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Story Woes Offset Anime Pair's Dramatic Visuals

'Metropolis' and 'Escaflowne' focus on heroines with hidden powers, but the plots remain problematic.


"Metropolis" and "Escaflowne," two anime features opening today in limited release, showcase the diversity of Japanese animation. Both films offer dramatic visuals and a sense of scope rarely seen in American animation--or live action. Both center on diffident heroines who discover they possess enormous hidden powers, and both suffer from story problems that may limit their audiences in the U.S.

Based on a 1949 manga (graphic novel) by anime pioneer Osamu Tezuka, "Metropolis" (in Japanese with English subtitles) is a sumptuously beautiful film that reflects the influence of the original "Metropolis," "Blade Runner" and "Akira," but fails to match its dazzling visuals with a coherent or compelling plot.

Sinister Duke Red (voice by Taro Ishida) has just completed the construction of Ziggurat, a glittering Art Deco tower from which he intends to rule the world: His henchman Dr. Laughton (Junpei Takeguchi) is perfecting a new robot that will control all the machines on Earth. Detective Shunsaku Ban (Kousei Tomita) and his nephew Kenichi (Kei Kobayashi) arrive in Metropolis to arrest Laughton and are plunged into the city's underworld. Like Neo Tokyo in "Akira," Metropolis is built on injustice. Robot labor supports the city, and crowds of unemployed workers huddle in subterranean slums.

When Duke Red's deranged adopted son, Rock (Kohki Okada), attacks Laughton's secret lab, Kenichi and the waif-like android Tima (Yuka Imoto) flee through the slums and fall in love. A drawn-out series of chases and gun battles ensues but generates little excitement or suspense, despite the considerable violence. The characters don't grow during these adventures, although Tima gradually becomes aware of her latent powers.

Director Rintaro's staging often makes the action difficult to follow, and he clutters the screen with unnecessary details. Things fall apart--literally and figuratively--when Ziggurat collapses to Ray Charles singing "I Can't Stop Loving You."

Much of the film is drop-dead gorgeous. The computer-generated vistas of monumental statuary, soaring towers, interlocking gears and gargantuan airships challenge even Fritz Lang's celebrated visuals. But it's a strangely underpopulated world: Duke Red and the corrupt President Boon (Masaru Ikeda) seem to be the only inhabitants of the skyscrapers, and there's little sense of a privileged elite living on the backs of the toiling robots.

With their snub noses, huge eyes and oddly bulbous feet, Tezuka's characters look too simple and too flat to fit into the three-dimensional city: Seeing them there feels as incongruous as spotting Hello Kitty on the set of "Blade Runner."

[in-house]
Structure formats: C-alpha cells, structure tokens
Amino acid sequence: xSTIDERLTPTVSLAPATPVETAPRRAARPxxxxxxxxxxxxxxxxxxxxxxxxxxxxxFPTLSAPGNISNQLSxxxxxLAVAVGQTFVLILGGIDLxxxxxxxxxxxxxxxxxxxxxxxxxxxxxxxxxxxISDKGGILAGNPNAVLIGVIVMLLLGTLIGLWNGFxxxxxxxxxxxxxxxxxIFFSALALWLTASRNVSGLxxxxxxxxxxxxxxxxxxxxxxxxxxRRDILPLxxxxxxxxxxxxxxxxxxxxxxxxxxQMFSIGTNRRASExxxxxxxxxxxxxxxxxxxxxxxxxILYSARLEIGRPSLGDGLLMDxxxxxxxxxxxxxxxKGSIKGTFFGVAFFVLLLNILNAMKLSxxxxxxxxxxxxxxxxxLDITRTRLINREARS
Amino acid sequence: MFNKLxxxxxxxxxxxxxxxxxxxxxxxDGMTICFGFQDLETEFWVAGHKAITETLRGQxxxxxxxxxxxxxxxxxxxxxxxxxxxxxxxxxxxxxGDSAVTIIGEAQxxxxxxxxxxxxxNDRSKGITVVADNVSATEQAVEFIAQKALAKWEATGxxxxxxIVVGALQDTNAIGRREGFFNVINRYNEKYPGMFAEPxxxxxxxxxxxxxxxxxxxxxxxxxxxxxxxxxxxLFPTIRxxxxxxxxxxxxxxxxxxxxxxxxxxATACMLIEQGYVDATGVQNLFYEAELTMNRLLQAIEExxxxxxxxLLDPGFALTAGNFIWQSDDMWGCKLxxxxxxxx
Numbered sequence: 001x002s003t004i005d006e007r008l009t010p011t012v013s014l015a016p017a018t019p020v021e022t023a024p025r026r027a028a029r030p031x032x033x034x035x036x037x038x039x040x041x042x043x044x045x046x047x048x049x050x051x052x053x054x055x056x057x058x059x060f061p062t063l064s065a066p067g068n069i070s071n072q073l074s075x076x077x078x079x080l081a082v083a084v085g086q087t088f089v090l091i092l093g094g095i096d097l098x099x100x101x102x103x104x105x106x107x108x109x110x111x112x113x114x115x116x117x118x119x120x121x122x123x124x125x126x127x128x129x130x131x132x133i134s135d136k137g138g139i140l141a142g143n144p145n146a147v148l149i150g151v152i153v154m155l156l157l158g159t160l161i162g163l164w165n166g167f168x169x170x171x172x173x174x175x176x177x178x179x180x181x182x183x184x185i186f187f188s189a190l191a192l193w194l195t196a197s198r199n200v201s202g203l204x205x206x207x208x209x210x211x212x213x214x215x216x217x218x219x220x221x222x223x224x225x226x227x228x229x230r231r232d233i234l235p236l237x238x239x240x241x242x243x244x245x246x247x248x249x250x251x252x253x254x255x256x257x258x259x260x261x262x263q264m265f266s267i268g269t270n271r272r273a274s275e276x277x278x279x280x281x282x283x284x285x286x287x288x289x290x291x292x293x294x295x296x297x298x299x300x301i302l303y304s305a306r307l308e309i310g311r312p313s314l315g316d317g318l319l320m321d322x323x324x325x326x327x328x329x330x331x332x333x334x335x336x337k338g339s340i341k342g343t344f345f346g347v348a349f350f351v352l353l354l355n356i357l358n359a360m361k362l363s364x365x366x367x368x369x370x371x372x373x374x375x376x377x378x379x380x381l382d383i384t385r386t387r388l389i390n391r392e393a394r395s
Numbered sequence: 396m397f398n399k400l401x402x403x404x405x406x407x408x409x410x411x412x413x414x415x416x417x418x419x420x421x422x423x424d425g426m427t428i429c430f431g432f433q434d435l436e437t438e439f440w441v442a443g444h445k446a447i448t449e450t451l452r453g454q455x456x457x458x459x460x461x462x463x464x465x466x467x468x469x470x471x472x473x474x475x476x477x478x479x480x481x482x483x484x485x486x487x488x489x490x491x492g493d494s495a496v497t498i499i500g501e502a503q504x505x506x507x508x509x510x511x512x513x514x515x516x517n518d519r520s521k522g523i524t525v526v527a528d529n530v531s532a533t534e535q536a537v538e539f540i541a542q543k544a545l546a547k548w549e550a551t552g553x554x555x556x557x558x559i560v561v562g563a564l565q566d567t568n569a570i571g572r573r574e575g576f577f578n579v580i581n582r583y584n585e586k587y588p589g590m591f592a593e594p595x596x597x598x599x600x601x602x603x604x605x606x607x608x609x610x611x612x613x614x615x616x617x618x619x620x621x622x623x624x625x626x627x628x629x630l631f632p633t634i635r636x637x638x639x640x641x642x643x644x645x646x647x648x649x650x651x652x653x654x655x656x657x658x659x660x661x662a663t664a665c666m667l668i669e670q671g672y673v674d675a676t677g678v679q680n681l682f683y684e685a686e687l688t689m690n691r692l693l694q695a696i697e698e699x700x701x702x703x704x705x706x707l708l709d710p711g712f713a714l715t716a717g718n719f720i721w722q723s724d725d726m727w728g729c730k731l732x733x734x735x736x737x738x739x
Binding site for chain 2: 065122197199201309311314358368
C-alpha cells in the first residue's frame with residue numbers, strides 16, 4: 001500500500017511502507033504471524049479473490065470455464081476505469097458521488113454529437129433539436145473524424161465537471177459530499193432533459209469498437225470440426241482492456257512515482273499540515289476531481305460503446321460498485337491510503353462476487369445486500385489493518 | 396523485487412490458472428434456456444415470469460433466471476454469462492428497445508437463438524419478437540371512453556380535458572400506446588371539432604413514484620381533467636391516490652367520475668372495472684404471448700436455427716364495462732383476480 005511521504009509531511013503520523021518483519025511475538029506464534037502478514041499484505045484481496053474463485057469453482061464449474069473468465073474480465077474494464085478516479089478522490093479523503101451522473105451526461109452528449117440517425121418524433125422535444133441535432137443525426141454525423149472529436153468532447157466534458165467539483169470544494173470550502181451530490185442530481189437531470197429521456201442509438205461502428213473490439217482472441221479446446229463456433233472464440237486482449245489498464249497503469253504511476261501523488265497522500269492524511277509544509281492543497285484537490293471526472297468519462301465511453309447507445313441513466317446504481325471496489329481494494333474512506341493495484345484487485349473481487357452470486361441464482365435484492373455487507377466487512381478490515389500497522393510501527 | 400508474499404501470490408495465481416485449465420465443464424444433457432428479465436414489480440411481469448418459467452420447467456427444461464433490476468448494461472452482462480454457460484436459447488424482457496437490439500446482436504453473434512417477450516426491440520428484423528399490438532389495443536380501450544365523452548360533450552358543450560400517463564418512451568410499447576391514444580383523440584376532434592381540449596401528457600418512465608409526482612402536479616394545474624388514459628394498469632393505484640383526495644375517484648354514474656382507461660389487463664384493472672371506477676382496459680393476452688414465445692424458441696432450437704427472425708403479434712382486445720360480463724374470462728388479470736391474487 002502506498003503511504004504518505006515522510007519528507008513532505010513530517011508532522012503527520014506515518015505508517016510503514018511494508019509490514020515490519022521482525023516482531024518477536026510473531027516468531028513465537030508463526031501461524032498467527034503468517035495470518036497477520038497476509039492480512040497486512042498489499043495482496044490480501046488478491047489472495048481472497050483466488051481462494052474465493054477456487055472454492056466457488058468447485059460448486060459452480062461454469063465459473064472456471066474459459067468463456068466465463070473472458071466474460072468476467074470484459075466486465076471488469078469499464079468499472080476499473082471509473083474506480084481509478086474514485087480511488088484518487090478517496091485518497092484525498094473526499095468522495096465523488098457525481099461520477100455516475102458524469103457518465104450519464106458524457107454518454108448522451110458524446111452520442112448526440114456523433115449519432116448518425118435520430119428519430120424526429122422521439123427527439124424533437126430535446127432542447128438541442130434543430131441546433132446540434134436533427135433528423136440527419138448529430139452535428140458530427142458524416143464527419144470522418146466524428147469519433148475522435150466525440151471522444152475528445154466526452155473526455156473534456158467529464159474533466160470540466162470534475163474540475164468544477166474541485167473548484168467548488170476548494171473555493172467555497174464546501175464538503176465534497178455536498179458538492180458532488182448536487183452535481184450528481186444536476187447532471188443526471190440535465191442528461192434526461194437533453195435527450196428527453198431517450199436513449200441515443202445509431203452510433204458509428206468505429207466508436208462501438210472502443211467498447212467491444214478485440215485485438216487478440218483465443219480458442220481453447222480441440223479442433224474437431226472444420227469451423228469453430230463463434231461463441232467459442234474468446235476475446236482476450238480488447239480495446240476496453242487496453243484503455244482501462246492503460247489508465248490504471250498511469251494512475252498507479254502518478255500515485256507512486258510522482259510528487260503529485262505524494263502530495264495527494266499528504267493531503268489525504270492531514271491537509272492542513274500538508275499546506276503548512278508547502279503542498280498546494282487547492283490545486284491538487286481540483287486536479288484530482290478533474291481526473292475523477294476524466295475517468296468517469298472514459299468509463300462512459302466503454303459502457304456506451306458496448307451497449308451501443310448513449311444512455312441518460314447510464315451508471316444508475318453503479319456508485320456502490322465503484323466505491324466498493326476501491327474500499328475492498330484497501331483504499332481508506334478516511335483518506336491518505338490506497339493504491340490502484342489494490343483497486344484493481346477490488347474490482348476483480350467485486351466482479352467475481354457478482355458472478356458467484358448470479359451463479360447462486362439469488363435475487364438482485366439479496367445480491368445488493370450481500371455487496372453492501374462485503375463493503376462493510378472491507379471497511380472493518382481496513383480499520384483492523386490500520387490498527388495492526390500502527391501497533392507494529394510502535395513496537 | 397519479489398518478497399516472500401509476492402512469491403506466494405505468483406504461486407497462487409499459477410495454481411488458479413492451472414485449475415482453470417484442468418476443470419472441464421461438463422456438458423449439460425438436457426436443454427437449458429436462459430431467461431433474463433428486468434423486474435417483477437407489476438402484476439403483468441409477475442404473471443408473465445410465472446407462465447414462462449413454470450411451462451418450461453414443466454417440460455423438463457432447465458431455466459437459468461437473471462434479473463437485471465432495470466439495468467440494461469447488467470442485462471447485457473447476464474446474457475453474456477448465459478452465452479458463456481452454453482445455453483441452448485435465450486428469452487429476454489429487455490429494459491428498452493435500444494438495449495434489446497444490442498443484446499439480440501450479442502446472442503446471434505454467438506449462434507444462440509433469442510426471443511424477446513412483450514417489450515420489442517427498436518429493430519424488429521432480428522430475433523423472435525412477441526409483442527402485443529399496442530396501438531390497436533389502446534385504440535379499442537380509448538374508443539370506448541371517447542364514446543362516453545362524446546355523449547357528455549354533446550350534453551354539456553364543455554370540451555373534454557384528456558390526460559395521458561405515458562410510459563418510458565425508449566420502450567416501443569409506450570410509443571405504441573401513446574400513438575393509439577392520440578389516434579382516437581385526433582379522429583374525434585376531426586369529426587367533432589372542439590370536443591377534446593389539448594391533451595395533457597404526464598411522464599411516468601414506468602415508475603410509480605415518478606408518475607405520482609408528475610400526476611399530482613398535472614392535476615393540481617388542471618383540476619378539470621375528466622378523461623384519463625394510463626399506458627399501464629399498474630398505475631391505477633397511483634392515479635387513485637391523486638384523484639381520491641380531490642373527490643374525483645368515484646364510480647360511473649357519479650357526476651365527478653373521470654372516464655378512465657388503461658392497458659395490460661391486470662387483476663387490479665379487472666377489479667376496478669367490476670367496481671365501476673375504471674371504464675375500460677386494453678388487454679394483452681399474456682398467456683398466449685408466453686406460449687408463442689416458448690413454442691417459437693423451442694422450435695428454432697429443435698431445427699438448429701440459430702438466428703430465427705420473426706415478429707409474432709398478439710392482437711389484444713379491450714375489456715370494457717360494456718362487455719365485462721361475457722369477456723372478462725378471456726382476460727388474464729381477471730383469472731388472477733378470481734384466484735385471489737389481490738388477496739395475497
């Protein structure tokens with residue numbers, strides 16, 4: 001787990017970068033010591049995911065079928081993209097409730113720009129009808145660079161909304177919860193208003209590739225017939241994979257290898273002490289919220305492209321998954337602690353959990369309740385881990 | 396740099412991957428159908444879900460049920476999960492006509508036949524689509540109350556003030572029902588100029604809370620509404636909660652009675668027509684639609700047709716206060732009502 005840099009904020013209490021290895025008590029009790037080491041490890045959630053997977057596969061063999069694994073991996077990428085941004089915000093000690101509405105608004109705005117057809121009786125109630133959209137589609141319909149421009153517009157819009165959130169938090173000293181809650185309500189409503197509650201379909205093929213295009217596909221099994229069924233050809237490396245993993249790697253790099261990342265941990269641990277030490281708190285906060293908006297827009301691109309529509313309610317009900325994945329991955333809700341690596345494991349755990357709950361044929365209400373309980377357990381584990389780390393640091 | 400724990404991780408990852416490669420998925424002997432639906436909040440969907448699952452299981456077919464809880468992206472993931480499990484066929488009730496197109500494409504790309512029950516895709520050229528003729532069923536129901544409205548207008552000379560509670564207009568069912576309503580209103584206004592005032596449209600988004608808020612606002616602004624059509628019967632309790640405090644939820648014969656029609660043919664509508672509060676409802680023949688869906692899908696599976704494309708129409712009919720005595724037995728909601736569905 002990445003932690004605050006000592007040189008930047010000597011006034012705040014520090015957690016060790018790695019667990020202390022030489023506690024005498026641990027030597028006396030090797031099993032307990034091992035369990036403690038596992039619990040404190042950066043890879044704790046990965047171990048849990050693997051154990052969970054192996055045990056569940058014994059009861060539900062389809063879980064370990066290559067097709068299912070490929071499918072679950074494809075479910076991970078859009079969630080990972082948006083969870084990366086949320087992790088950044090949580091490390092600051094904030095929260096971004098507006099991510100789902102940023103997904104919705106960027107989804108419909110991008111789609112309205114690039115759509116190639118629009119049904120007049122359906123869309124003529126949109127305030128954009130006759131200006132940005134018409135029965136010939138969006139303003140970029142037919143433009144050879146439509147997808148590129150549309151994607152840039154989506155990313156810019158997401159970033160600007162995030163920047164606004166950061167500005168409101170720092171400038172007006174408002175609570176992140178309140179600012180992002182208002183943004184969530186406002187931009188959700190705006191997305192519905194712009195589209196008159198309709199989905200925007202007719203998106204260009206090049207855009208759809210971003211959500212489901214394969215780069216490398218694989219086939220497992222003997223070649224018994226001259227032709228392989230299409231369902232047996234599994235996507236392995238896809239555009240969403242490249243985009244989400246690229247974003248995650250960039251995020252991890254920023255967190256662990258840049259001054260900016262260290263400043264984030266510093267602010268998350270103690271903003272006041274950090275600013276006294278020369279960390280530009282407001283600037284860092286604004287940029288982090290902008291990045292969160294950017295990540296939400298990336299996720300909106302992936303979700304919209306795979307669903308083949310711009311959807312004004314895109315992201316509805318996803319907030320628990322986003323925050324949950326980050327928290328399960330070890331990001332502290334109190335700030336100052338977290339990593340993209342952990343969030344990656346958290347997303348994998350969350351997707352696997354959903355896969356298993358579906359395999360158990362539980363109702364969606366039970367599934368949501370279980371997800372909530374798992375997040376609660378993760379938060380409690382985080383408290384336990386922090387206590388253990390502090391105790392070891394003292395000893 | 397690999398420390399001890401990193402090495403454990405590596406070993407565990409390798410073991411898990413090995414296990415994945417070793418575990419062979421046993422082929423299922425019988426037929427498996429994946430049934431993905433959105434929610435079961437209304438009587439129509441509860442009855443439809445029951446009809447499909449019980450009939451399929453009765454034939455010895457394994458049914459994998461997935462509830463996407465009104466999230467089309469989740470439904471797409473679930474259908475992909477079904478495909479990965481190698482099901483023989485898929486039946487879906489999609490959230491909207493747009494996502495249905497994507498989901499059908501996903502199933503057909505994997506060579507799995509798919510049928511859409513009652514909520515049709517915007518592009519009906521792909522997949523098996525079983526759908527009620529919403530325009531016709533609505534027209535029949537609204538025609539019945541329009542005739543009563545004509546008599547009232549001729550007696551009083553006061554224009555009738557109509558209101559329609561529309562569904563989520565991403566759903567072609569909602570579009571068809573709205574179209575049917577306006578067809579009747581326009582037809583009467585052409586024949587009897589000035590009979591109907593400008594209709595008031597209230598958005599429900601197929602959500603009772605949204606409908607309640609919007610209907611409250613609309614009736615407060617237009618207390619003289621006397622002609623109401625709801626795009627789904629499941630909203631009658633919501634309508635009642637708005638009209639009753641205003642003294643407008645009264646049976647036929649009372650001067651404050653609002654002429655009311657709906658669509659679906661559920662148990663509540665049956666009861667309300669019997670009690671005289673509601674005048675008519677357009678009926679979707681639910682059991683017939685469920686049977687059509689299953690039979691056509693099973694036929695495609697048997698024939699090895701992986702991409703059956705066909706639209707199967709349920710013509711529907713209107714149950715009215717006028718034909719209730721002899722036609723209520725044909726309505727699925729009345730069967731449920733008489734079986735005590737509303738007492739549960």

If "Metropolis" suffers from a lack of plot and character development, "Escaflowne" overwhelms the viewer with too much story. The film is a reworking of the 26-part TV series "The Vision of Escaflowne," which aired briefly in the programming slots known as Fox Kids. The tangled story line has been simplified and some of its weirder elements eliminated, but there are still too many conflicts, prophecies and relationships to resolve satisfactorily in 96 minutes.

"Escaflowne" infuses sword-and-sorcery and mecha (giant robot) elements into the "magical girl" genre: An ordinary high school student is called to save a situation (or an entire planet) using her newly discovered powers. Hitomi Kanzaki (Kelly Sheridan) is a withdrawn loner who wishes she could just vanish, leaving everything behind. Her wish is granted when she's transported to the alternate world of Gaia, which is wracked by a war between the dashing Van (Kirby Morrow) of the White Dragon Clan and his evil brother, Folken (Paul Dobson), leader of the Black Dragon Clan. The victor will determine the fate of Gaia. Hitomi is greeted as the long-awaited Wing Goddess, and discovers she has special powers over the invincible dragon-armor suit, Escaflowne.

In contrast to the opulent Deco-dystopia of "Metropolis," Gaia is an odd mixture of medieval European and samurai cultures--with high-tech touches. Van wears a kilt and leggings and dispatches his enemies with a traditional Japanese sword, but he travels in a huge airship. The final confrontation with Folken takes place in an airborne castle the size of Manhattan.

Kazuki Akane directs the action sequences with panache. In the spectacular opening sword fight, Van single-handedly dispatches a cadre of enemy soldiers. American animated villains either fall to their deaths or get knocked unconscious in comic takes; Van beheads the enemy leader with a sword stroke Toshiro Mifune might envy.

The characters in "Escaflowne" are more complex than the one-note good guys and bad guys in "Metropolis," but are not always likable. Hitomi whines, and American viewers are more likely to snicker than sympathize when she compares her teenage angst to the wars Van has survived.

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